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Underground, in fact and fiction

He ... obtained the Assistant Commissioner's approval of his plan. Then calling Sergeant Carter, he set off. They took the District Railway to Mark Lane and walked to the Land & Sea Company's offices in Mincing Lane.
U/007

Inspector French is an example to us all – he moves briskly around London and the Home Counties and never (as far as I remember) summons an official car. Underground, bus, foot, suburban railways; on one occasion he even commandeers a country sergeant's bicycle. He does hire a car when he's investigating a murder in Northern Ireland, but fair's fair: if he'd been in Belfast he would have unquestionably have caught a trolley-bus.

Tower Hill replaced Mark Lane in 1967, and I couldn't spot any sign of the buildings when I strolled around the area more recently even if the new headquarters of the London Underwriters made the street well worth visiting. If the idea had come to me before I was already in London, I would have checked my facts on Hywel Williams' informative, focused site and known exactly what to look for.

Of course, something as familiar as the Underground effortlessly crosses the boundary between fact and fiction. Let's start with a fictional account of what could have been a real observation, where Myra Trail, passing Brompton Square by bus at the start of Alec Waugh's A spy in the family, remembers her father explaining:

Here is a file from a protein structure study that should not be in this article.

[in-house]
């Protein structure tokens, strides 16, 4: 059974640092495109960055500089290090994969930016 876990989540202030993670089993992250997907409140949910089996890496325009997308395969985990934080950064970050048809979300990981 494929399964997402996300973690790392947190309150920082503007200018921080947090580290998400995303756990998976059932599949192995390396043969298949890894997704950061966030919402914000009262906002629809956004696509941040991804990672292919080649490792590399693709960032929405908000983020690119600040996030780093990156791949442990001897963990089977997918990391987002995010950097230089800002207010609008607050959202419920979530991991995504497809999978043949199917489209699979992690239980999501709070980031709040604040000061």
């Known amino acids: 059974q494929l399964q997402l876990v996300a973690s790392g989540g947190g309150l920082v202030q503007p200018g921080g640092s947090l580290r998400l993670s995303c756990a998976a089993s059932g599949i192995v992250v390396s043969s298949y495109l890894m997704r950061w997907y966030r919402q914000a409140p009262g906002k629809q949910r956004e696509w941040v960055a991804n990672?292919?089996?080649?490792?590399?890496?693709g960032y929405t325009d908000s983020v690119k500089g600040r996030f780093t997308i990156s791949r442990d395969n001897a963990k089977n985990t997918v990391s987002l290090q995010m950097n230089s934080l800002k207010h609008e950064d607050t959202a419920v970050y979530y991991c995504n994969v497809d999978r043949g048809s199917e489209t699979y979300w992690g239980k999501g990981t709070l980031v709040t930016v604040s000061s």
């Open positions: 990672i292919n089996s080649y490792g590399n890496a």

All over London you'll see red tiles like that, particularly on the Piccadilly line. One station has had to do the work of two, so instead of Dover Street, Down Street, Park Lane, Brompton Road, you have Green Park & Knightsbridge and South Kensington. That's what we call progress.

Slipping farther across the boundary, we find Joan Aiken in Arabella's Raven describing a tube-tram interchange station very like Kingsway but transplanted to Rumbury Town; a more salubrious district here than when it appears in some of her earlier short stories, though I'm not sure we can attribute this to the arrival of a Tube service. Entirely fictional, and not a station you'd want to visit, Quatermass and the pit offers Hobb's End. I haven't seen the film for decades, but remember how much more frightening it was because of the taken-for-granted, everyday setting.

SF, too, allows occasional sightings of underground railways: Colin Knapp's Subways of Kazoo has a logically-imagined tube-line for aliens, and A.J. Deutsch considers the unexpected consequences of adding a new tunnel in A subway called Möbius


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